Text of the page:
- Buying a SAN? How to select a SAN for your business?
- Dell Compellent: A Poor Man’s SAN
- Dell Compellent Storage to be discontinued after Dell-EMC merger
I have been deploying Storage Area Network for almost ten years in my 18 years Information Technology career. I have deployed various traditional, software defined and converged SANs manufactured by a global vendor like IBM, EMC, NetApp, HP, Dell, etc. … Continue reading
“X or Anything as a Service” is an acronym used by many cloud provider and offering almost end to end services to a business. The most traditional use of “X” are Software as a Service (XaaS), Infrastructure as a Service … Continue reading
DELL is buying EMC. This is an old news. You already know this. There are many business reasons Dell is buying EMC. EMC is the number one storage vendor and a big cat of NASDAQ. One key business justification is to get into Enterprise market with enterprise class product lines and second big reason is break into cloud market utilising dominant presence of EMC. Have you rationalised your opinion on what Dell storage product line likely to be once merger is complete. There are many argument in for and against of various combination of storage line Dell will come up. Let’s look at current product lines of Dell and EMC.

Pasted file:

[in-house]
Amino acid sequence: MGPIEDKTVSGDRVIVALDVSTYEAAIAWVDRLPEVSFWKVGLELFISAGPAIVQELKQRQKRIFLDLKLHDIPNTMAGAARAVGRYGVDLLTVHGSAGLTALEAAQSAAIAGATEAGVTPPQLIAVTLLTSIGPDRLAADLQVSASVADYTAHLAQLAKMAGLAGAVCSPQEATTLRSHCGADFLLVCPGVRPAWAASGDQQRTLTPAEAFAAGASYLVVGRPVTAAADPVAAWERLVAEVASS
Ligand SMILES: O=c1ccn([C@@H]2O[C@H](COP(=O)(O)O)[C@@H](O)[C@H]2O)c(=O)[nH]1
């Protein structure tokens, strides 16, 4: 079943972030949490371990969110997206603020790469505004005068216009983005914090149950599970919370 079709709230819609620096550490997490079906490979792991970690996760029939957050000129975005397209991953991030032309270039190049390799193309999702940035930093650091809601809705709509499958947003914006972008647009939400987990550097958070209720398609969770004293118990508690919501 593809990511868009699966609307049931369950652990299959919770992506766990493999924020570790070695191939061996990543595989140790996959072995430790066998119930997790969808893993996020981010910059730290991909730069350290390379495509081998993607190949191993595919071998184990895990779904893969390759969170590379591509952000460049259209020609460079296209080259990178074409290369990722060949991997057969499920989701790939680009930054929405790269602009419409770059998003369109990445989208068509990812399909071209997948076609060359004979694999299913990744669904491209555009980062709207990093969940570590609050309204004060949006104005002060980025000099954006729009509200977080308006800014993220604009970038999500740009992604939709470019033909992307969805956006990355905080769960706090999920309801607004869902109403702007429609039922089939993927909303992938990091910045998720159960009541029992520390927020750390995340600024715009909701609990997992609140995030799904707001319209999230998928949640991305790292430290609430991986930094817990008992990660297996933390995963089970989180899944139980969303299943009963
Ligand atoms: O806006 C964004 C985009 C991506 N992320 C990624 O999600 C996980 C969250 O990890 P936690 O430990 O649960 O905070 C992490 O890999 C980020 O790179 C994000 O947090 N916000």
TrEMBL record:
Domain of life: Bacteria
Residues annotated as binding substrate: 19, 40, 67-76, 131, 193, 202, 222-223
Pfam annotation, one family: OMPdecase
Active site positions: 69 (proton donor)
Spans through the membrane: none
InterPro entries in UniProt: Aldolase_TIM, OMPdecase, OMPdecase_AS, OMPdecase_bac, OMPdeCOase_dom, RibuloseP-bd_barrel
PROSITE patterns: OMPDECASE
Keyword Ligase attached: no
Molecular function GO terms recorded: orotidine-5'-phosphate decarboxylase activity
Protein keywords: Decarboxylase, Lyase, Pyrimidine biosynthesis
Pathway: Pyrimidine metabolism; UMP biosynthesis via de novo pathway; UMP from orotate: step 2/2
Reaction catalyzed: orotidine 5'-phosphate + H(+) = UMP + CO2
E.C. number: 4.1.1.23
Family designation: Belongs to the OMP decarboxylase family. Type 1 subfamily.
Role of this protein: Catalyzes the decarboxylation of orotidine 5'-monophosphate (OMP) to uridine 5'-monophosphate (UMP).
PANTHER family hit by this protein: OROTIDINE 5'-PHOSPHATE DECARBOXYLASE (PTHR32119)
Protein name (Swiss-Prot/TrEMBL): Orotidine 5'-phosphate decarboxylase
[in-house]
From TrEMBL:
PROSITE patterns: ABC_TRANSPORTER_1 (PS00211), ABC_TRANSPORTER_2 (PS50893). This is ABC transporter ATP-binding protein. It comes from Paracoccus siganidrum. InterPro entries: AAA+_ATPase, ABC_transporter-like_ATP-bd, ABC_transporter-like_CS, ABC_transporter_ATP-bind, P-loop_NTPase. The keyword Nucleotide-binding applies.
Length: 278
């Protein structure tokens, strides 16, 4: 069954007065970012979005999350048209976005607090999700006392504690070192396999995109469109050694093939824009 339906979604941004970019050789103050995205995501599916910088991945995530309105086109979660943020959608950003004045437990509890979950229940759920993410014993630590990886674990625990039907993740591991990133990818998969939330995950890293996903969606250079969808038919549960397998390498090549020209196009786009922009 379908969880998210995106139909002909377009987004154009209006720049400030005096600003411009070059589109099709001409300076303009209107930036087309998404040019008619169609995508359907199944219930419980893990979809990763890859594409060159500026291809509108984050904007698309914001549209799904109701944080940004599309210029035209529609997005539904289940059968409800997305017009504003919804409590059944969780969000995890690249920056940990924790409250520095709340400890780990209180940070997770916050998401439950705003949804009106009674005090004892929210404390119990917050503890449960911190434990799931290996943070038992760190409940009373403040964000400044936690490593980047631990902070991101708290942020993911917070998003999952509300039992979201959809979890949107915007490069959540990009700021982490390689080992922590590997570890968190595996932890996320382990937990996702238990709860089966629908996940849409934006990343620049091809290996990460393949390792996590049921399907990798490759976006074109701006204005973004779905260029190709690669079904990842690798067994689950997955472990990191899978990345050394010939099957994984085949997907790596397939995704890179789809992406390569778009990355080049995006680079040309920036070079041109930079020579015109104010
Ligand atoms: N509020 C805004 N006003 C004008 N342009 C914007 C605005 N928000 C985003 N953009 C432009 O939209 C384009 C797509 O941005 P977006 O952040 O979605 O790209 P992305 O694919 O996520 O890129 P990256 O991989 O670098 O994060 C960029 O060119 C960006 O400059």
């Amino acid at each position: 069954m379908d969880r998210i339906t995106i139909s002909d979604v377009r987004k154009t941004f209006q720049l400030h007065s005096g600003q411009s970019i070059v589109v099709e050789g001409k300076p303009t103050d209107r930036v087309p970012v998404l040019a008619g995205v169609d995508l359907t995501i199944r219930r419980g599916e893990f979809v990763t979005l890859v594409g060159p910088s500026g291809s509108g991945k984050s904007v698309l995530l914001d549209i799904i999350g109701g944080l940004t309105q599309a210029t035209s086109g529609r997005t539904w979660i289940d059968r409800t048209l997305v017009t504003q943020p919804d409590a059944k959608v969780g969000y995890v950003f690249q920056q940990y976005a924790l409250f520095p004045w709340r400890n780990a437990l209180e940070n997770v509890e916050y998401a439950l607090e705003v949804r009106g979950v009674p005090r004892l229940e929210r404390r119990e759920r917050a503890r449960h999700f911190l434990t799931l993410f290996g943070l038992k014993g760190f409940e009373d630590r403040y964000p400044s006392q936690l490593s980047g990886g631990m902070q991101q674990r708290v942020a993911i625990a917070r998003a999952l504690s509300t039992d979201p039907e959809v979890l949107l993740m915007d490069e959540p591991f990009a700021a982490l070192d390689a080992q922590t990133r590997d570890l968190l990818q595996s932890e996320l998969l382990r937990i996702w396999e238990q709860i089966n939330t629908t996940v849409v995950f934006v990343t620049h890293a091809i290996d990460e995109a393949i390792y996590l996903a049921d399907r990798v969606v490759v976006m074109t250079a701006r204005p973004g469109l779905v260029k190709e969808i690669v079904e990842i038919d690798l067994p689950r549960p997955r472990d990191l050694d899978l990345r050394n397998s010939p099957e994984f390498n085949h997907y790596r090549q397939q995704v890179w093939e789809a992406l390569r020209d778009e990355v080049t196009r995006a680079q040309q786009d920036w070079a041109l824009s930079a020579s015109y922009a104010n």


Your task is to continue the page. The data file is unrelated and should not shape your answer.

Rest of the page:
Dell Current Product Line:
- Network Attached storage based on Dell 2U rack servers.
- Direct Attached Storage
- iSCSI and FCoE SAN solution such as PowerVault MD, EqualLogic, Compellent
EMC Product Line:
- EMC XtremIO – the XtremIO all-flash array—ideal for virtual desktop infrastructure (VDI), virtual server, and database